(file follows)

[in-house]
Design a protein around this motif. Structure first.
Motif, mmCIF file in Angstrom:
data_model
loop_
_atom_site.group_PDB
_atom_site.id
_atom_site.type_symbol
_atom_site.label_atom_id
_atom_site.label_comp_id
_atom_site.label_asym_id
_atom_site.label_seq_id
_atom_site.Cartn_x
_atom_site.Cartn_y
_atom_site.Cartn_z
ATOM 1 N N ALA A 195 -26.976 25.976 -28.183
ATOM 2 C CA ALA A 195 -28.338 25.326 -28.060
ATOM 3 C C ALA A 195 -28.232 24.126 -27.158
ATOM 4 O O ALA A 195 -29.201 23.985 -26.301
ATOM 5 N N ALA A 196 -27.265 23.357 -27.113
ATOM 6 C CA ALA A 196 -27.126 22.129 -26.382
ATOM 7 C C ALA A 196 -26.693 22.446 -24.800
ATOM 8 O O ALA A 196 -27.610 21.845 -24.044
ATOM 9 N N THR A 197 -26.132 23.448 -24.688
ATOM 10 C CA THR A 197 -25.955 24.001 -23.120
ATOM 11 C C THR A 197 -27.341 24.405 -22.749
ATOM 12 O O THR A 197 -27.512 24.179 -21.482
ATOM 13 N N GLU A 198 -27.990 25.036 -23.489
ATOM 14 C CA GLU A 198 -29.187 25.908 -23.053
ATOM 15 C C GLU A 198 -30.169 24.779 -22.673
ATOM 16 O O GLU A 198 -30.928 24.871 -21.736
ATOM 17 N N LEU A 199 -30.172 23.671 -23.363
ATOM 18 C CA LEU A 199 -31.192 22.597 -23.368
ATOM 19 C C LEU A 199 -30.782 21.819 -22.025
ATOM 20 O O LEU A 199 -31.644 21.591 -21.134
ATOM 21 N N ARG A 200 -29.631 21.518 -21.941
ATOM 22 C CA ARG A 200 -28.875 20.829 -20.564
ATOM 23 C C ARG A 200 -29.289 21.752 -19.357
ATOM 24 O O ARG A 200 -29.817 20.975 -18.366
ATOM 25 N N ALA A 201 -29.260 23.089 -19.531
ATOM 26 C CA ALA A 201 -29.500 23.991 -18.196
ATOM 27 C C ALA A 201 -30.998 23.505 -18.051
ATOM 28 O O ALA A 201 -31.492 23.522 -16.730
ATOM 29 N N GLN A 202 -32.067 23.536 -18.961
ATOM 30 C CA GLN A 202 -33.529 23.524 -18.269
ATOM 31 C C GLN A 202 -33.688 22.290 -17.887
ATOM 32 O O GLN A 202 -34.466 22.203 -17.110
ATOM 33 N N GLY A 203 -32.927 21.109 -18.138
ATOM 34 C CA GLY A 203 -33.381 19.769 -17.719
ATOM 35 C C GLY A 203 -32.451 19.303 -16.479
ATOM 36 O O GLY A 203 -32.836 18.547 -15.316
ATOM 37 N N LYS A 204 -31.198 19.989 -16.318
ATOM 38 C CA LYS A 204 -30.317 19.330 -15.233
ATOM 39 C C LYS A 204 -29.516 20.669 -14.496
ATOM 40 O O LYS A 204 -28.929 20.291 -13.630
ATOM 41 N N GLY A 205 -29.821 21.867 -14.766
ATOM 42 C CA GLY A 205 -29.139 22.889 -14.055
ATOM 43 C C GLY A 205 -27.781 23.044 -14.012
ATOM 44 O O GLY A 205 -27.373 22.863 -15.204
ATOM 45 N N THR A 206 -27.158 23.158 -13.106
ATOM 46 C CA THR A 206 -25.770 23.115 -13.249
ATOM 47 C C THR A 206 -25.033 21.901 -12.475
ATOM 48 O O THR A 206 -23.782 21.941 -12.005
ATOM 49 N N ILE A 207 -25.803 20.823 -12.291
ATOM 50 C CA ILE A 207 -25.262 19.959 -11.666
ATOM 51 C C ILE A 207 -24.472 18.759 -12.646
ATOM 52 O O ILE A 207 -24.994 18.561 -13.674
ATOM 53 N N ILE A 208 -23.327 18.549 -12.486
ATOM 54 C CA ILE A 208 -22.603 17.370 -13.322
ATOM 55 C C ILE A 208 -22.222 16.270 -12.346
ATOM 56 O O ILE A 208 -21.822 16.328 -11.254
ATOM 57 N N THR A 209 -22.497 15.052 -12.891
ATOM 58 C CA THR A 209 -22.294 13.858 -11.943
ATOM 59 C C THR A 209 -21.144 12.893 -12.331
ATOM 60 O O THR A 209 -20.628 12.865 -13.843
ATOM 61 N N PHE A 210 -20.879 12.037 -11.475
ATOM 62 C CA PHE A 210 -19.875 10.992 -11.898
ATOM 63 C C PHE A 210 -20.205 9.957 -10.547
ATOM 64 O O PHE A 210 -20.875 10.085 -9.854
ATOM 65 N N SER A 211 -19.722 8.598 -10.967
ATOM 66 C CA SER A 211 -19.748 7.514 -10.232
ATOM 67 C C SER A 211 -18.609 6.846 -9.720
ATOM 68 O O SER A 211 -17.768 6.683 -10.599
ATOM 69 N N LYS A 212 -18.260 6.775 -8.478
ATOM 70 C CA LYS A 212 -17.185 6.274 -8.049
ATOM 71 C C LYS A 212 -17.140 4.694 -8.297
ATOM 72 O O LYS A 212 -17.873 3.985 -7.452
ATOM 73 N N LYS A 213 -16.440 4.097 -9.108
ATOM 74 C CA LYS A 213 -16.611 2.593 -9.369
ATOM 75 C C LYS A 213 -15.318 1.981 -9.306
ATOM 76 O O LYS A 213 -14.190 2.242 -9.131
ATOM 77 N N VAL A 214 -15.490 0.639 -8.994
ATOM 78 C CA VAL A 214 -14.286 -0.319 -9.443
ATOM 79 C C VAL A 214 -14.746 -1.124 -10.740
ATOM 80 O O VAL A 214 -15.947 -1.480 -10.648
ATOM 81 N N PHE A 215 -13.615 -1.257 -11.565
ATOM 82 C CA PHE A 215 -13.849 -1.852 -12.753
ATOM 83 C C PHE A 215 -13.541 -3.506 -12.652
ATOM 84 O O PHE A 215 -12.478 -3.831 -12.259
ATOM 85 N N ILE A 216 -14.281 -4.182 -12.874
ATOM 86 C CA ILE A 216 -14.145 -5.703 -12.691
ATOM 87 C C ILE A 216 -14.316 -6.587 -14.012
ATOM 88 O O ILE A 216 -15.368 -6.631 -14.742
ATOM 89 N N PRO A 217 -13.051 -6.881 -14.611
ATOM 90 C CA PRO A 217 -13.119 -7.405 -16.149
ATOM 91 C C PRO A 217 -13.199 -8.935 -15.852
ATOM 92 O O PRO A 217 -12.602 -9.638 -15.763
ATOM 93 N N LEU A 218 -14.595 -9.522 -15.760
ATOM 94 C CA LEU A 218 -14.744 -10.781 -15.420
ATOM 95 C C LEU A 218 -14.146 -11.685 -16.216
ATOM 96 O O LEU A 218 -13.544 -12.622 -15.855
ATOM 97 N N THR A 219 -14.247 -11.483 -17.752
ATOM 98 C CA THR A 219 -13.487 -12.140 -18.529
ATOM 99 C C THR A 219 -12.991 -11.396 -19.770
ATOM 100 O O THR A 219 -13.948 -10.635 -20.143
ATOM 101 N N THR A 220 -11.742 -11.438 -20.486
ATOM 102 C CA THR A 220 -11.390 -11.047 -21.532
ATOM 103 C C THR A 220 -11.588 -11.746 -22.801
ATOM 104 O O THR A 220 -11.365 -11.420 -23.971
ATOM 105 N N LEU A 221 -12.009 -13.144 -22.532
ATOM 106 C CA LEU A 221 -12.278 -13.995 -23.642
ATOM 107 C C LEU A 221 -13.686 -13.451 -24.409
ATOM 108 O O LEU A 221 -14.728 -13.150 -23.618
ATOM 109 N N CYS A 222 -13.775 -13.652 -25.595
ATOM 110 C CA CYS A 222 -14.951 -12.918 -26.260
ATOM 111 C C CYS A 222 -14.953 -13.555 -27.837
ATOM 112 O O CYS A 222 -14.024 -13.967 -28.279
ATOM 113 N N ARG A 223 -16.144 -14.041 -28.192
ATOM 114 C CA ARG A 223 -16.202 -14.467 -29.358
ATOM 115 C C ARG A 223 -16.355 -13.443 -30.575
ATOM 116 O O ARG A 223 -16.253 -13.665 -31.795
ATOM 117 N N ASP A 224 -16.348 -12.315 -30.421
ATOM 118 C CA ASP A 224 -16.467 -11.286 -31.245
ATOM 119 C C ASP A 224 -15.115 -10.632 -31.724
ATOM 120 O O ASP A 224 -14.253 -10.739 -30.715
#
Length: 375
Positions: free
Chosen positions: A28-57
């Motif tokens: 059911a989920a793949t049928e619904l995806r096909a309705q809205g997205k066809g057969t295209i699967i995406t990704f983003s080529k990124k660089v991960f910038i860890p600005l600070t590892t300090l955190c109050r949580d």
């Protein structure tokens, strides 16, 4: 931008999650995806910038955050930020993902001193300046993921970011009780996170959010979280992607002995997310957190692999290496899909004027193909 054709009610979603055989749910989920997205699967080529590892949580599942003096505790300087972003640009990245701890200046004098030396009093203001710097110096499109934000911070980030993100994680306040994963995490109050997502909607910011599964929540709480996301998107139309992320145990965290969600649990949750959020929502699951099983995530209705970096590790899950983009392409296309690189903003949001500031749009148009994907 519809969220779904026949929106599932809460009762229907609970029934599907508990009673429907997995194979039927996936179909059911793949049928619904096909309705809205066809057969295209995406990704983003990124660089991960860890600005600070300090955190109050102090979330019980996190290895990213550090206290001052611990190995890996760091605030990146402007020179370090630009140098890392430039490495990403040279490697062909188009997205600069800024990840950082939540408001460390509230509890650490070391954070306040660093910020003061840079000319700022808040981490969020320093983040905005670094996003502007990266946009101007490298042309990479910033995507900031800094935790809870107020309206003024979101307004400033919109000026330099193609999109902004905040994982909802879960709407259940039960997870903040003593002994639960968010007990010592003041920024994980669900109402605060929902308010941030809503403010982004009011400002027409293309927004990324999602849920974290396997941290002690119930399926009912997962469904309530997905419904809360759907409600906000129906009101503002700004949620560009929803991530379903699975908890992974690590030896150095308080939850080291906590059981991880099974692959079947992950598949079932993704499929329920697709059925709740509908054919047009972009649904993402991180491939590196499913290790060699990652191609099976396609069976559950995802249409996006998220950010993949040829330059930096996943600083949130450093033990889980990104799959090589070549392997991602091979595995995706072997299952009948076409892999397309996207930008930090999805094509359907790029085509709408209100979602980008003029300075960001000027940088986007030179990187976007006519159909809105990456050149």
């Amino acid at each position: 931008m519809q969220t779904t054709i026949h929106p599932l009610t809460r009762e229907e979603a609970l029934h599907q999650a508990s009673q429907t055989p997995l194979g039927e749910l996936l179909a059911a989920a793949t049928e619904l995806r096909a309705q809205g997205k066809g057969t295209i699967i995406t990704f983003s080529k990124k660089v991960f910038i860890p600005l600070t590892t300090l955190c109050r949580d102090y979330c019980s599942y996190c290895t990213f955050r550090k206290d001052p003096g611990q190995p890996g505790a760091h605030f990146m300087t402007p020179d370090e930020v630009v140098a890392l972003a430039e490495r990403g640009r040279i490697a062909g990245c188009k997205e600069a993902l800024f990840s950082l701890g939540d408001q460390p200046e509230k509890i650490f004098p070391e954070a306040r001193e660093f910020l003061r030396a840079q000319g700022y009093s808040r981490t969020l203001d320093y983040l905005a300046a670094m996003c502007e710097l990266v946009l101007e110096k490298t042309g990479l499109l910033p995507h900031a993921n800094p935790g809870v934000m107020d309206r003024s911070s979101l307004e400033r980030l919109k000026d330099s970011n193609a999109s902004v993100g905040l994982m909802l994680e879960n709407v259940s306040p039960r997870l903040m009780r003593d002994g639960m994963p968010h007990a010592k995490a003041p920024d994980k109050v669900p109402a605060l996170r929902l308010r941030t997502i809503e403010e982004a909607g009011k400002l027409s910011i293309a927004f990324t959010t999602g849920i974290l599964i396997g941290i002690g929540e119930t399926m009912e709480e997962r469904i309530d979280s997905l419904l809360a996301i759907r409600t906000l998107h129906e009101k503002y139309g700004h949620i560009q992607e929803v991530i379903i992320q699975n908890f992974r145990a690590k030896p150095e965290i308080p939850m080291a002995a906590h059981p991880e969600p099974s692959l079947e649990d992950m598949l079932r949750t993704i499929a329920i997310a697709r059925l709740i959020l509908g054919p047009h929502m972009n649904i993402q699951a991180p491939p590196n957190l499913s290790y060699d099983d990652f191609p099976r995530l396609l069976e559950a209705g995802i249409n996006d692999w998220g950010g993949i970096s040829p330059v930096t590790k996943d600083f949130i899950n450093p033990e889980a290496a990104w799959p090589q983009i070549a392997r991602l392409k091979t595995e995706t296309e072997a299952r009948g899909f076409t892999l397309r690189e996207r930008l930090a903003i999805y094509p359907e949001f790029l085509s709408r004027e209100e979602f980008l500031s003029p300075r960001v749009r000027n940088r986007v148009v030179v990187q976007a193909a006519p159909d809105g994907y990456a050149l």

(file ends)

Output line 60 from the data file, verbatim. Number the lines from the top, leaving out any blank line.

ATOM 45 N N THR A 206 -27.158 23.158 -13.106